Browsing Bulletin (Hawaii Agricultural Experiment Station) by Issue Date

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  • McGeorge, William (Hawaii Agricultural Experiment Station, 1914-08-24)
    The object of the work here presented was to give some understanding of the absorptive power of Hawaiian soils for fertilizer salts.
  • McClelland, C K (Hawaii Agricultural Experiment Station, 1915-02-20)
  • Kelley, W P (Hawaii Agricultural Experiment Station, 1915-08-03)
  • Thompson, Alice R (Hawaii Agricultural Experiment Station, 1917-05-07)
    Numerous varieties of legumes, both native and introduced, are found in Hawaii. The experiments herein reported upon were inaugurated in order to determine the comparative value for soil improvement of the different species ...
  • Higgins, J E (Hawaii Agricultural Experiment Station, 1917-07-27)
    The first Litchi chinensis plant was brought to Hawaii in about 1873. Experiment station researchers recognized the popularity of this fruit and also the lack of information on its proper cultivation. This publication is ...
  • Krauss, F G (Hawaii Agricultural Experiment Station, 1921-12-16)
    The pigeon pea had been grown as a field crop in Hawaii in the first decade of the twentieth century, and in this bulletin Krauss championed the plant as ideal for feed and fodder, but his primary emphasis was on the legume ...
  • Krauss, F G (Hawaii Agricultural Experiment Station, 1923-05-31)
  • Pope W T (Hawaii Agricultural Experiment Station, 1923-07-09)
    Varieties of lime grown in Hawaii were described, along with methods of propagation, planting and crop maintenance practices, insect pests, plant diseases, fruit composition and uses, and recipes. The author judged limes, ...
  • Chung, H L (Hawaii Agricultural Experiment Station, 1923-10)
  • Pope, W T (Hawaii Agricultural Experiment Station, 1924-08)
    The data presented in this bulletin represent the results of 20 years' work with the Guatemalan avocado at the Hawaii Experiment Station.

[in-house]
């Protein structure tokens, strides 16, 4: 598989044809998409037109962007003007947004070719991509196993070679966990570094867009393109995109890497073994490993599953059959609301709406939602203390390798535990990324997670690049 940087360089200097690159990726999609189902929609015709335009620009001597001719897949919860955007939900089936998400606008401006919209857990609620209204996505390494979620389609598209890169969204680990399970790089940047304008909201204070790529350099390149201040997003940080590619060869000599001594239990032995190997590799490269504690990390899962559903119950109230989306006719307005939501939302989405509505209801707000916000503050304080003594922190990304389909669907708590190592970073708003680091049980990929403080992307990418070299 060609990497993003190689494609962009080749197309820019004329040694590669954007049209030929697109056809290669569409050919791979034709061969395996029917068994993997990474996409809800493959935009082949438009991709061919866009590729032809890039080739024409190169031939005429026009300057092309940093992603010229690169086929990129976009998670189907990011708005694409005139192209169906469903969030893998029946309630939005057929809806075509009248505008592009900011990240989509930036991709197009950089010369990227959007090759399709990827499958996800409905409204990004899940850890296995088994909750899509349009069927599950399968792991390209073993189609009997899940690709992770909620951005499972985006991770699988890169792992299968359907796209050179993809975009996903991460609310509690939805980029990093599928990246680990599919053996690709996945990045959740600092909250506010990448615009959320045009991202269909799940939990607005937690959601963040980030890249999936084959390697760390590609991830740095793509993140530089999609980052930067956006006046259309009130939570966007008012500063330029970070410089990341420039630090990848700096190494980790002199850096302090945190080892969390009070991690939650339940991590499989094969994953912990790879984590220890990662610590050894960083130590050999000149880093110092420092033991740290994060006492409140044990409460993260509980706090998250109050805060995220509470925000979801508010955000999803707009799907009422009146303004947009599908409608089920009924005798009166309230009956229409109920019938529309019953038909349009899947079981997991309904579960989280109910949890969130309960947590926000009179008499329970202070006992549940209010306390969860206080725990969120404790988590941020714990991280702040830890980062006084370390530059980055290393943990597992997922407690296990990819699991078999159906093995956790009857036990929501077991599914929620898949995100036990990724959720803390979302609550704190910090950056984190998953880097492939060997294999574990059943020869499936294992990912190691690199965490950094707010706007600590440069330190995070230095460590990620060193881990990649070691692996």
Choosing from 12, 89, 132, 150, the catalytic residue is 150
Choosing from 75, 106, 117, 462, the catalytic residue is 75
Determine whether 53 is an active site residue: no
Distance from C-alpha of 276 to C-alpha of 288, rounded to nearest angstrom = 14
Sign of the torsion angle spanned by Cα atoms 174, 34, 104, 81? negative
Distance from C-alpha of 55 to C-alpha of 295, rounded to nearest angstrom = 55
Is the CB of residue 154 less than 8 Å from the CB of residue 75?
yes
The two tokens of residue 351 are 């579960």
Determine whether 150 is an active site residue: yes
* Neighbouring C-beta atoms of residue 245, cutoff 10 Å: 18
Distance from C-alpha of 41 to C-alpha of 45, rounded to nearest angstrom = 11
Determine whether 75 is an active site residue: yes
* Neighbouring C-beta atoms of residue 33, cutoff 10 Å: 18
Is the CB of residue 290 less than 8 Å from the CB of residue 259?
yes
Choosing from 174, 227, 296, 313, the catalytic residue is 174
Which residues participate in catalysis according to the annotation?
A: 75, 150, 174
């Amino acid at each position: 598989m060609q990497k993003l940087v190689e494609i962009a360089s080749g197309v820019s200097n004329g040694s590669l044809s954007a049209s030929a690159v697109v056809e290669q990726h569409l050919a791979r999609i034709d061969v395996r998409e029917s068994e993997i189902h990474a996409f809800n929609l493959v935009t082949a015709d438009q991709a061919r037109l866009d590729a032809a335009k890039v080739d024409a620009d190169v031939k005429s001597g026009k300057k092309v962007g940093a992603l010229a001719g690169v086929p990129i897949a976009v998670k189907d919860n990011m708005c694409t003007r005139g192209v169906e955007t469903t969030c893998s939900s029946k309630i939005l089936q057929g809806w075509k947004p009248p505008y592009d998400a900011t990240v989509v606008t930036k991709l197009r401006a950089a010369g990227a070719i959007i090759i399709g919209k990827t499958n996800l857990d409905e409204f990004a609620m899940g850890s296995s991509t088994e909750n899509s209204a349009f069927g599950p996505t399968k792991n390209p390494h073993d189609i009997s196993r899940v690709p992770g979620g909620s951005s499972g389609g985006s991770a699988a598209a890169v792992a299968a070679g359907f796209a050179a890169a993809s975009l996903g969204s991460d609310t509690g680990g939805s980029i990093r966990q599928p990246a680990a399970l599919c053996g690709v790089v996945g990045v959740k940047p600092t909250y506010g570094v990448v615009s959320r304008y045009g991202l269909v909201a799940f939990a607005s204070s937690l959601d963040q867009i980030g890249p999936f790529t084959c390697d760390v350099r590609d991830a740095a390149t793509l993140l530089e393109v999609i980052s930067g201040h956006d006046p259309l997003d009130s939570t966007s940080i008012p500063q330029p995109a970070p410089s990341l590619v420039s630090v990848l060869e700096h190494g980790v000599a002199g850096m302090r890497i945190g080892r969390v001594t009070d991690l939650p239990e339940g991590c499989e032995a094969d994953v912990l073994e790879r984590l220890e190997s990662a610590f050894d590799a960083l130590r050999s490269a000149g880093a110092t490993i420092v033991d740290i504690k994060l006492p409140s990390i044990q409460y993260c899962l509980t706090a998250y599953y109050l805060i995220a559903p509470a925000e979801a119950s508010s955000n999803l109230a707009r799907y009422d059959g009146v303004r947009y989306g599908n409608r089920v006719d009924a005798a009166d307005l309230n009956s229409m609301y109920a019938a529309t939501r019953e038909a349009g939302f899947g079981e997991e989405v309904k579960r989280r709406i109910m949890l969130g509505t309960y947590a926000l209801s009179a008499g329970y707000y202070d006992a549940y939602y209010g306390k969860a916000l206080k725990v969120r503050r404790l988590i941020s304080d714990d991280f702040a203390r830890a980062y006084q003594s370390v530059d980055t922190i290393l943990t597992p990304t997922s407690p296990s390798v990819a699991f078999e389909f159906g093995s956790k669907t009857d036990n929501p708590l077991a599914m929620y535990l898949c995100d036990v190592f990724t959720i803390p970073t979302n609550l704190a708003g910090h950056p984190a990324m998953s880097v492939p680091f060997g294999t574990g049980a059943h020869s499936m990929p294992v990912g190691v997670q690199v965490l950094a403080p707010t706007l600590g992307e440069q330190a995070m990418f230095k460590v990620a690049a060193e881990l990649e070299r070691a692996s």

• Henke, L. A. (Louis Albert), 1889-1985 (University of Hawaii, 1929)
  • Pope, W T (Hawaii Agricultural Experiment Station, 1929-10)
    This bulletin updates HAES Bulletin 12 (1906) by J.E. Higgins to meet the increasing demand for information on this popular fruit in Hawaii.
  • Chung, H L; Ripperton, J C (Hawaii Agricultural Experiment Station, 1929-12)
    This bulletin describes and illustrates with photographs dozens of plants with edible leaves, fruits, pods, stems, or roots, terrestrial and aquatic. The Japanese and Chinese names are given both in roman letters and ...
  • Krauss, F G (Hawaii Agricultural Experiment Station, 1932-03)
    The author championed this fast-growing leguminous shrub as a food, fodder, and soil improvement crop.
  • Ripperton, J C; Goff, R A; Edwards, D W; Davis, W C (Hawaii Agricultural Experiment Station, 1933-06)
    This bulletin discusses the more important grasses growing on local ranges, their growth in other parts of the world, nature of growth, palatability, persistence, climatic requirements, and present importance and possibilities ...
  • Allen, O N; Allen, Ethel K (Hawaii Agricultural Experiment Station, 1933-11)
    The bulletin reviews the history and present conditions of taro culture and poi making in Hawaii and discusses the preparation of poi from the bacteriological standpoint.
  • Pope, W T (University of Hawaii, 1934-05)
    Citrus fruits had been under investigation at the Experiment Station since 1904, and 40 different species and varieties were represented in the experimental orchard. This bulletin contains descriptions of these materials ...
  • Pope, W T (Hawaii Agricultural Experiment Station, 1935-09)
    This bulletin provides comprehensive information on passion fruit, so that the plant, previously grown mostly in home gardens, might be adopted for commercial cultivation. Six species/types are described.
  • Magistad, O C; Frazier, T O (University of Hawaii, 1938-04)
    This bulletin reports on studies of truck crop production and marketing of locally grown vegetables.
  • Whitney, Leo D; Bowers, F A I; Takahashi, M (Hawaii Agricultural Experiment Station, 1939)
    Taro, one of the oldest cultivated crops in the world, has long been a staple food of the natives of all the Polynesian islands as well as in the West Indies and the Orient. Since taro is propagated almost exclusively by ...
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